Sunday, June 12, 2016

It takes a Village...

It takes a village to raise a child - and also to take care of the "Hall" family in Douala.


Our village is incredible.  It's been a journey to get to this place, but we finally have it together - and we are grateful.  

"It Takes a Village" is actually attributed to an African proverb.  It was adapted by Hillary Clinton as the title of her book, but it was also a book title by Jane Cowen-Fletcher published in 1994.  The statement refers on a broad scale to the concept of communal living and support.  In Africa, especially, it takes a village to survive since we are all dependent on one another for the basics.  We have learned the importance of this statement and know that we could not easily live here alone.  

Let me introduce you to our village.  


Julienne works in our house every day cleaning, doing laundry, cooking and helping to manage our home.  She knows the local vendors and has opinions about most of them.  Her eagle eyes help me around the house - both inside and outside.   While we had a rocky start, I am glad that we both stuck with it.   She desires to please and has a very kind heart.  When I was sick recently and Charles was traveling, she was worried.  She kept coming to the couch and feeling my head, commenting, "Too hot, madam.  Fever.  Need hospital".   She confirmed with the nurse when she came by to check on me and then refused to leave until Charles arrived home late that evening, staying about 3-4 hours longer than her regular hours.    Julianne is a single mom and has 4 children and 2 grandchildren, which she supports on her small salary.  She has two biological children, (ages 26 and 30) and two children (ages 11 & 14)  that she adopted after her brother died.   Her brother had 6 children, so different family members each took a child or two to raise after his death, which is very common here.  She struggles financially and constantly runs into issues with her electricity bills and other needs.  However, she has a positive attitude and seems happy most of the time.  She speaks French and pidgin English, so our conversations are always interesting.   Initially, there was a question of who was cooking on a daily basis (You YOU cook), but we have managed to get meals on the table along with a weekly loaf of homemade bread, which she is very proud of learning.   Overall, I appreciate her willingness to try things out of her comfort zone and her dedication.  She has a good sense of humor and I seem to be the main source of entertainment for her, especially as I work on my French 'sounds'.   :)  She comes in on her days off happily if needed, and she has never been late or missed a single day.   We are thankful to have her here.   She is active in her church ladies group and tries to leave early on Fridays to go to the church next to our home for mass.   Her smile is priceless.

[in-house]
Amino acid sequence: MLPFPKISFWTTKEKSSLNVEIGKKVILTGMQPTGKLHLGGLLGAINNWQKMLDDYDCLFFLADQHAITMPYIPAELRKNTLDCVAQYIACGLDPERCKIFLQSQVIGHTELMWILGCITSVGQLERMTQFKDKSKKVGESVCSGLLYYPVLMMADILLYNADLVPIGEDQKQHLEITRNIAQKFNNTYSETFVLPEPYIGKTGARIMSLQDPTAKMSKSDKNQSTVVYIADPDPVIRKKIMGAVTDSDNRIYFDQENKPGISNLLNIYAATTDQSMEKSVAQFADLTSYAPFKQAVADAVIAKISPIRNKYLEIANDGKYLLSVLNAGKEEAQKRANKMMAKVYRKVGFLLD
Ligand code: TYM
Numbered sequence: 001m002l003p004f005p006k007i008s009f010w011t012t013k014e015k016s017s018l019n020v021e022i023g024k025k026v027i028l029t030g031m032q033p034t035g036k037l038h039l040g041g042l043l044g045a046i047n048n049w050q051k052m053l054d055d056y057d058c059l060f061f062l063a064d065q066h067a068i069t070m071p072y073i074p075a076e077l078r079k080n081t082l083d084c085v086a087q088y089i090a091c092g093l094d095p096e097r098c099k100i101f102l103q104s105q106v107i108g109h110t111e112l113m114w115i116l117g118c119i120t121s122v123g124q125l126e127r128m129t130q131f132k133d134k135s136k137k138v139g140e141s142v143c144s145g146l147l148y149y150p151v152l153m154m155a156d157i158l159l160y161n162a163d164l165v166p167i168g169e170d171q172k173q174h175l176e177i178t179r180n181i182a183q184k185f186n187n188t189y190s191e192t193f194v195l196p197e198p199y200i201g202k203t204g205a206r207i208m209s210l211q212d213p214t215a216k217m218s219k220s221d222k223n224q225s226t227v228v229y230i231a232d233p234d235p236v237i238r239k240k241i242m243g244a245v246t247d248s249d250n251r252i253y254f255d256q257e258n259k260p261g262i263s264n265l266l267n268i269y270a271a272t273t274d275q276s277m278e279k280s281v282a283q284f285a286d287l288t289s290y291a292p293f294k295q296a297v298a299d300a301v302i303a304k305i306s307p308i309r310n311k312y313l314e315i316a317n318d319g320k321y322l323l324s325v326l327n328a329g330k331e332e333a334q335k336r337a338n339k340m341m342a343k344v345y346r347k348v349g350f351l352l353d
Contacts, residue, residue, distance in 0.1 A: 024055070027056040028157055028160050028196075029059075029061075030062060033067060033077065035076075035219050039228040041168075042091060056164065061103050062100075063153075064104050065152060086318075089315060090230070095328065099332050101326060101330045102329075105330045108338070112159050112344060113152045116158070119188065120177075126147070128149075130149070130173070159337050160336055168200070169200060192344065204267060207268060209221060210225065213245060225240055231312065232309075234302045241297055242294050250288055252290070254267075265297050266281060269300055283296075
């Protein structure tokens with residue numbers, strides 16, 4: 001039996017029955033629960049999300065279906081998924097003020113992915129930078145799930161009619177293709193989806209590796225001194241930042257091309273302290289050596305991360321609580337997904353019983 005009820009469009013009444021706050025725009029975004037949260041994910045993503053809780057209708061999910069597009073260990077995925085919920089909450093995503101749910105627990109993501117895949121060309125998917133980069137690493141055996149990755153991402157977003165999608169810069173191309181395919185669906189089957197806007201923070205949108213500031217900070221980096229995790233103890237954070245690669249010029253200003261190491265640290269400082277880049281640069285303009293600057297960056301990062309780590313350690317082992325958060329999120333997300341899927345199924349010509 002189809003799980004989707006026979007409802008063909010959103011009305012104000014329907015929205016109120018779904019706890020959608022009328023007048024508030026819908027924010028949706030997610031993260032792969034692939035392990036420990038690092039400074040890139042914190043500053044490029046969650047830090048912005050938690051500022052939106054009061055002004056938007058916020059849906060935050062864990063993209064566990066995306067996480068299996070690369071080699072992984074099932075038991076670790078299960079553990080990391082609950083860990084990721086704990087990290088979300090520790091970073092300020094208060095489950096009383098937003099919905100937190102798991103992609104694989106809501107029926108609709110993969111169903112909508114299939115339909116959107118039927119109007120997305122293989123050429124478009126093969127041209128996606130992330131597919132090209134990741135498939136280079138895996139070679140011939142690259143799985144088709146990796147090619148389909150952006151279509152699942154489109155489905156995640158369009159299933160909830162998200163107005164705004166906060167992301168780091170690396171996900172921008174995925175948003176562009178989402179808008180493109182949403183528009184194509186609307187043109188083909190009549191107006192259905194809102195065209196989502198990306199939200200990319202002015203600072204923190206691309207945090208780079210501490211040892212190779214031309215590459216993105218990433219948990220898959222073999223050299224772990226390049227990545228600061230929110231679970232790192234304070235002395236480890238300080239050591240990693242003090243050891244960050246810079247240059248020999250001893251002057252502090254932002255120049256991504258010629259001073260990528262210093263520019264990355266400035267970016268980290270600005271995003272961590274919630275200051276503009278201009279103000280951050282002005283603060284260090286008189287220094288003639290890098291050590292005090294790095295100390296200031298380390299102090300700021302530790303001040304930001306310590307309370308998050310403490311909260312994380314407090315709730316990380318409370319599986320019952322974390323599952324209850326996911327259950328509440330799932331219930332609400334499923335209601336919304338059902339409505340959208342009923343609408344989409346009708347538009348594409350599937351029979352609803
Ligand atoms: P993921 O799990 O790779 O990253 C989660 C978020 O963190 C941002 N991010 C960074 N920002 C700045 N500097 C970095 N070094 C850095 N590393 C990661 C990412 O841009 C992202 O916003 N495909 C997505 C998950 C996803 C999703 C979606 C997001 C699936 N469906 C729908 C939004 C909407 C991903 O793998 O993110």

Peter has 2 daughters, a son and a wife.   He brings me local foods to try and likes to teach us about Cameroon.  He is the main caregiver for our dog, Fletcher.  He feeds him and bathes him weekly - and makes sure that the vet is called when needed.  Peter is very serious about his job - and he knows EVERYTHING that happens on our street.  If he misses anything, he knows where to go on the network to find out.  He is a social butterfly and everyone in our neighborhood knows him.  He is proud to say that he has worked for our home for over 7 years.  He has not had a vacation in three years, and is looking forward to taking a few weeks off this summer.  We discovered that he had initially planned a vacation during April, but when he found out that my Mother-in-Law was coming, he cancelled it.  He wanted to be here to greet her and make sure that she was well guarded.   He walks around our house and knows where I am at all times.  He has been known to peer in and knock at the window where I am sitting inside to ask me a question.  It really makes me feel like I live in a fish bowl since we have a lot of windows downstairs.  One day he knocked at the window to ask me if I was ok since he noticed that I had been sitting in the same place for a few hours.   It was the first day I was sick and he was worried.    His job is our day guard but he also helps out in the yard with the plants as needed.   He is a Godsend - and we are grateful for him.  Peter is an Anglophone - which means that he comes from an English speaking territory.  He also speaks French, which is helpful.  He often asks (pleads and begs) for a second dog and keeps offering to find a puppy for us.   He promises to feed it and wash it and take care of it (and name it George) and train it as a guard dog.   He also washes the car every evening - RAIN or shine.  He cleans out the water tanks every 3-4 weeks and keeps our gates and walkways tidy.   He has a positive attitude and is happy almost all the time.  He and Julienne are like brother and sister.  They get frustrated with each other and argue, but they take care of each other well.    I asked Peter recently what he will do on vacation since he is really looking forward to the time off.   He explained that he would not be resting, but he needed to return to his village to repair the roof of his house which fell in a few months ago.  I am constantly humbled.....